Business Exit Strategies

By admin • March 7th, 2017

Business Exit Strategies

A business exit strategy is a plan of selling an investment in the firm to gain substantial profit or to reduce the risks associated with losses. It means that you can sell your business with the aim of getting a reasonable amount of capital to begin another business. It can also be related to the statistics of past operations, where your business may be at risk of failure hence you can sell it to avoid the expected loss in future. Different exit strategies can be implemented by businesses to maintain the entrepreneurial culture.

  • Selling to another firm

You can sell all your investments to another company that operates in the same line of products or one that gains interest in what you offer. It can be very profitable, and most companies acquire other businesses to expand their base of operations. The benefit of selling to another firm is that you are likely to gain maximum profit and a quick sale because they would want to get rid of competition. It also comes with its downsides as the existing employees may be removed from their positions. The competitor may also be interested in accessing your financial information and way of operations.

  • Selling to open market

Most small businesses would opt for selling their investments to an open market at a specified price. You may benefit from this kind of exit strategy since an individual or a firm can purchase your business at the actual amount you needed from the investments. An attractive business is one that is likely to make profits and thus buyers would be willing to purchase the entire firm. The downsides are that a company with a lower profit margin is likely not to sell quickly. The selling price can be lower than what was expected by the owner of the firm.

  • Selling to managers or employees

Your business can also be of much interest, especially to managers or employees. The benefit of this exit strategy is that you may share part of the returns on investment or act as an advisor to the company. It can also motivate the workforce to put more efforts while organizing for a long-term buyout. The only downsides are that the customers may not accept the new changes in the management and that employees may lack the necessary qualifications of managing the position.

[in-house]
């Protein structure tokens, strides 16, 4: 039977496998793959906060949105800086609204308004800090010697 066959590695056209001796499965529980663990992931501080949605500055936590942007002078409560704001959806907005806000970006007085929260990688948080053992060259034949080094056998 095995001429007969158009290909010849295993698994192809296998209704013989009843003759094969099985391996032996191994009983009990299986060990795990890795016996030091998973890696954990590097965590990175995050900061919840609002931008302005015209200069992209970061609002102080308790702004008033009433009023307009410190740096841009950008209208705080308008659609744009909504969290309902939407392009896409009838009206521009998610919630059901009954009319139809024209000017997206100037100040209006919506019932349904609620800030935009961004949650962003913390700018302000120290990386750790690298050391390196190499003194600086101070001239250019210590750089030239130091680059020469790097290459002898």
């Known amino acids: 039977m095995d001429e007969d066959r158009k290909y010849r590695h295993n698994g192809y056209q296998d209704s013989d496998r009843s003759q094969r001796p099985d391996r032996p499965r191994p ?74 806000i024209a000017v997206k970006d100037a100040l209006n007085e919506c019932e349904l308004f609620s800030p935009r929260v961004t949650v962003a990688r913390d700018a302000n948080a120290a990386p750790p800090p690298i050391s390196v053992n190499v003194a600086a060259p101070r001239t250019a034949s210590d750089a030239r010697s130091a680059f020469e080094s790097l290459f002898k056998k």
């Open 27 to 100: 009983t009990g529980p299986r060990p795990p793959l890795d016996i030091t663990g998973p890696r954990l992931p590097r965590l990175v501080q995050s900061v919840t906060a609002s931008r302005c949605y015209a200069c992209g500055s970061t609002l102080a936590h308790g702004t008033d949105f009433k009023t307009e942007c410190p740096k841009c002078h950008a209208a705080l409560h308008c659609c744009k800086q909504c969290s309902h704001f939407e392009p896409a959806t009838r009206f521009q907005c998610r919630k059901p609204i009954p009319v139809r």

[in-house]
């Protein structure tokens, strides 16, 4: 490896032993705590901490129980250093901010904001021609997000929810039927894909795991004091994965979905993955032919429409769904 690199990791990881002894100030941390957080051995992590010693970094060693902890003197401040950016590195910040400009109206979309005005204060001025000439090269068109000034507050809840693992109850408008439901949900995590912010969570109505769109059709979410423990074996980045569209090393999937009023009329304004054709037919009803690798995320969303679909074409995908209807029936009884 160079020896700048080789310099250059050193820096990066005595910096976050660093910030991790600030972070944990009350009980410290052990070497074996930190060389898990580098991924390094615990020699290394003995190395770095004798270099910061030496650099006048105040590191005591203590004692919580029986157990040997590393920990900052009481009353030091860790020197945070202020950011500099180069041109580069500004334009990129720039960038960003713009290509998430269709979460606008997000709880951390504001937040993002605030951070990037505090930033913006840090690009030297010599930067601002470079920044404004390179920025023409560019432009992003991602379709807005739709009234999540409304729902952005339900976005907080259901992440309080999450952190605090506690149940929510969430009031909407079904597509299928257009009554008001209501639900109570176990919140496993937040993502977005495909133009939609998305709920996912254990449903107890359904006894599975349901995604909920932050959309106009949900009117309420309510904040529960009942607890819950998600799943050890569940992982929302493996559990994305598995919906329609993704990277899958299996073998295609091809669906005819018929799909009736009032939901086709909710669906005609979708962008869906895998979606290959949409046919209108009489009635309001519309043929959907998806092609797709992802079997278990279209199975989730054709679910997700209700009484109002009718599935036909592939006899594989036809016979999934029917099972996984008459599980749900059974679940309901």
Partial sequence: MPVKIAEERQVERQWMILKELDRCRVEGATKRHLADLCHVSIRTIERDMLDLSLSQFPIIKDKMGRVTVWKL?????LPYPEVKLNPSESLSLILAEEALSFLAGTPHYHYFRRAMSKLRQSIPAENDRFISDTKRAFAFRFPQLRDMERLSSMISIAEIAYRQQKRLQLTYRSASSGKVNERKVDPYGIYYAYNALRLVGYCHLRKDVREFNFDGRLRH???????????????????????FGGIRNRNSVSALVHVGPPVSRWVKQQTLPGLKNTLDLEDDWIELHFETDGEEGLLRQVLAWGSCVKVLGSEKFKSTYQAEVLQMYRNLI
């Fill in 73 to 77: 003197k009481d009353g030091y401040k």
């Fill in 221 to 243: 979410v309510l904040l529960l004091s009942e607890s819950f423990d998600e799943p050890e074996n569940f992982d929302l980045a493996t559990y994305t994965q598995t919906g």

• Maintaining the chain in the family

You can also keep the business operations or management within the household. It will ensure that profitability of the firm is kept over the years and the management being taken over by your heirs. You can make it possible by involving them in the business operations from a reasonable age. You can also acquire the advisory position. The only downsides are that the family members may lack the necessary skills to operate the business and that the consumers may not accept the new executives.

  • Liquidation

Liquidation is efficient especially for small businesses or the ones managed by a single individual. It involves closing the shop and selling the entire assets of the firm. During this period, you can upgrade or make adjustments to your business to improve its ability to sell. It is simple the assets can be sold quickly depending on how valuable they are to the buyer. It also comes with its downsides, and you are likely to receive a lower return on investment.

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